How do the distinct qualities of screens, and the specific interactions they invite, influence our understanding of the world? How does our understanding of the world affect our use of screens?
Objective and vision
The aim of the Screen Cultures research and teaching initiative is to challenge the routine ways in which we make sense of screens. The initiative reaches across various disciplines and is based on the concept of ‘teaching-driven research’, fostering close connections between students and staff in both teaching and research.
The initiative aims to:
- produce fresh knowledge on our ubiquitous screens and the ways in which we make them work,
- bring together the various perspectives on screens by researchers from different departments under the Faculty of Humanities at the University of Oslo, and beyond,
- develop new ways of involving students in ongoing research.
The Screen Cultures research initiative falls into four research topics that are represented by the four main course units of our Master’s programme. Researchers and academics interested in any of these fields are welcome to join the initiative! Please get in touch with Jon Inge Faldalen or Steffen Krüger.
Screen Histories and Theories
Screen Histories and Theories (MEVIT 4700) investigate screen media and their development from the camera obscura to contemporary screen interfaces. We approach these histories with an interest in both their continuities and ruptures, seeking to flesh out critical conceptual tools with which to understand what is and what could be.
Screen Aesthetics (MEVIT 4702): We are interested in the manner in which screens engage us, taking into consideration questions of narrative and narration, style and meaning, tone and genre. How do screens communicate, formally and affectively? What relationships do screens encourage, allow or disallow? And how do screens affect the spaces around them? Do we design the living room around the television?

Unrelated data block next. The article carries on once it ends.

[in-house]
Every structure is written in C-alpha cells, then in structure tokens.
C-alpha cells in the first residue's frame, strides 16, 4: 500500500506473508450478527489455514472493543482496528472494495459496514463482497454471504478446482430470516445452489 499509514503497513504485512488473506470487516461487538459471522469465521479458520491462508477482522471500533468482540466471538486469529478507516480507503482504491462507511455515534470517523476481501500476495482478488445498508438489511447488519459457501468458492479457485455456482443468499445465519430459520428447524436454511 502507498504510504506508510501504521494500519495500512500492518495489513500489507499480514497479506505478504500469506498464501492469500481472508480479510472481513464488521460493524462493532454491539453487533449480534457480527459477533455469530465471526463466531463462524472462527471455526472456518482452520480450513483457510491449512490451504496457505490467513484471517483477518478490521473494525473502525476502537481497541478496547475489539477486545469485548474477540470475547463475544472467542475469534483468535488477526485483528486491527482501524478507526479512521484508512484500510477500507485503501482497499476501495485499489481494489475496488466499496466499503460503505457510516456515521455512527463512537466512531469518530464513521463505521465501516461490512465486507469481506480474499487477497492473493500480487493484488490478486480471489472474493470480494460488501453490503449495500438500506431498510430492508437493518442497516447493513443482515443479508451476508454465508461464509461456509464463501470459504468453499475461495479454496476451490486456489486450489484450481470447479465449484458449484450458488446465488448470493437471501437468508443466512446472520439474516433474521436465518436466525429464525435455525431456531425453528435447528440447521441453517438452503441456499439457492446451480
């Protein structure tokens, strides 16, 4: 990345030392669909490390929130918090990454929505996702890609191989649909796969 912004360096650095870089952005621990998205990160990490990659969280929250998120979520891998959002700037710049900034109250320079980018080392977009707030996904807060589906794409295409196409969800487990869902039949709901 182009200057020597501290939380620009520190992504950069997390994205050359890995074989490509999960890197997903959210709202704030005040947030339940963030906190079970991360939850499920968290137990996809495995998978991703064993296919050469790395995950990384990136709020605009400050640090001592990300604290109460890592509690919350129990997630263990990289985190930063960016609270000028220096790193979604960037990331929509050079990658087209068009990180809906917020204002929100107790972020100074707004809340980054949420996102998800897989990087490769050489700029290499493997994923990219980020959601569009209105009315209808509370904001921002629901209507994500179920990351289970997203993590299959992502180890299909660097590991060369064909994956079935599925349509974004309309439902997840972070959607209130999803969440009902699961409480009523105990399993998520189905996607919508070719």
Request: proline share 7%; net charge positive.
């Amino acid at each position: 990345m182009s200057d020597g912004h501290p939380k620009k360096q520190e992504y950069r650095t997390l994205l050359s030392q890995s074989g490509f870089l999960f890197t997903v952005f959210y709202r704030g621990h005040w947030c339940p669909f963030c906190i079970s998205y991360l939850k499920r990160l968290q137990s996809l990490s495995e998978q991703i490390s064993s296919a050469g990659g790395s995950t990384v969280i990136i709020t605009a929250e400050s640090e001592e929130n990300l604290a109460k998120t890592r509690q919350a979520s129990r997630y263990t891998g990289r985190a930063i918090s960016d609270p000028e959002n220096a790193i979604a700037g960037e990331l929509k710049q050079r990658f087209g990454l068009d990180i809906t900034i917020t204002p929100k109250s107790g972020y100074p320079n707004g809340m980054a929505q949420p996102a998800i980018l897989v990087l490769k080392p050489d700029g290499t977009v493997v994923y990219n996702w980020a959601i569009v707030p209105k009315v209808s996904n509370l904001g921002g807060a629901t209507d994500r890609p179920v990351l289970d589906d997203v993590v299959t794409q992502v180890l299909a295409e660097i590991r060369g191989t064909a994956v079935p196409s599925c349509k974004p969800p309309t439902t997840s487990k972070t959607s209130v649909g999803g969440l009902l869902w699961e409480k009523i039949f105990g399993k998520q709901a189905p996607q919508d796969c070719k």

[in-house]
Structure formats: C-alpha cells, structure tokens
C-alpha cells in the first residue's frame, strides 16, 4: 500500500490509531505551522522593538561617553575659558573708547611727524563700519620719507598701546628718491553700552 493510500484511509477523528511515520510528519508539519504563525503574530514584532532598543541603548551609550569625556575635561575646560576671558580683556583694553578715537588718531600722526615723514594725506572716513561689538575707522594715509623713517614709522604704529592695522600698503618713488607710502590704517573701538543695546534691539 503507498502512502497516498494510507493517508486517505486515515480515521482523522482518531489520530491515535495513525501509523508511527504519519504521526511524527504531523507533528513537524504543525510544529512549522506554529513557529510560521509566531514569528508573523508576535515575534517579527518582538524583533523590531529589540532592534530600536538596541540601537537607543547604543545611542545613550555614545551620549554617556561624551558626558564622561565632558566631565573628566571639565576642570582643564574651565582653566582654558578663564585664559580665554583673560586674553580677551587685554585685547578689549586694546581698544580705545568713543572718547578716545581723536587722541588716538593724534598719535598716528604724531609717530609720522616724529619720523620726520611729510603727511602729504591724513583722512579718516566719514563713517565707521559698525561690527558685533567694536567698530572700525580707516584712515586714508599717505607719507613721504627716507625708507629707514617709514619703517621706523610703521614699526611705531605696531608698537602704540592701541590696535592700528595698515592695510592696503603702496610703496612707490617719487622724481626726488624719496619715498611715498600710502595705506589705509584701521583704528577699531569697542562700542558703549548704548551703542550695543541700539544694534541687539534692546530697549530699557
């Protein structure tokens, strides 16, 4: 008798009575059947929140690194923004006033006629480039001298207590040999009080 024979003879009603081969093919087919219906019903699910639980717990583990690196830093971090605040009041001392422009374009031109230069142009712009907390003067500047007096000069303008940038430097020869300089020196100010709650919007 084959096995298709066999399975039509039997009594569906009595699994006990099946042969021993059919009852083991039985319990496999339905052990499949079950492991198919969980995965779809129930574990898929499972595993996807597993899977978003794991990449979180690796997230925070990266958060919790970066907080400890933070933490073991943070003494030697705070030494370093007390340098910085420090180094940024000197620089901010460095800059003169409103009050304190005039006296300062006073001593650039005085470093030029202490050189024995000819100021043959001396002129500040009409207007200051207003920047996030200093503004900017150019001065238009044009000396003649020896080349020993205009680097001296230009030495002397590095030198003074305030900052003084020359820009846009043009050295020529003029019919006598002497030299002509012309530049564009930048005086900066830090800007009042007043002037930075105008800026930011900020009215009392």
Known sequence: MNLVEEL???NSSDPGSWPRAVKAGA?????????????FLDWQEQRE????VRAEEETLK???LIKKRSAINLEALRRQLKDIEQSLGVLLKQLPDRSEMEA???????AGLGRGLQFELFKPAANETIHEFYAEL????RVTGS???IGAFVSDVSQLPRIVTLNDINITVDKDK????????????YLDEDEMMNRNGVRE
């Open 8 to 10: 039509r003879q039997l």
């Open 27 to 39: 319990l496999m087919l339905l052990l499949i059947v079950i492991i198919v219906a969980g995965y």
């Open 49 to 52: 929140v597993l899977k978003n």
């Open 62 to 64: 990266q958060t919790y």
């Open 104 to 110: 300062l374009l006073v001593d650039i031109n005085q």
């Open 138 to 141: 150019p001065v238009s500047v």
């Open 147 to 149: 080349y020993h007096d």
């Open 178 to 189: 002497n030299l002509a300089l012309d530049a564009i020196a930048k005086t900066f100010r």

Screen Politics (MEVIT 4703) investigates the political dimensions of screens. Politics cannot only be found in, say, the modes of representation in television news, or the dissemination of political rumours on social media. Rather, in continuation of the above research areas, Screen Politics investigates the political effects of the aesthetics and technologies of screens and screen media, as well as their historically evolved use cultures.
Screen Technologies (MEVIT 4701): In order to understand how screens engage us, we need to develop an understanding of the technologies that drive them and bring them forth. This means treating screens not as standalone objects, but part of ecologies of information and entangled infrastructures. We aim to understand the cultures that supply and sustain them. Through critical and practical engagements, the course challenges some taken-for-granted assumptions about what and who screens are for.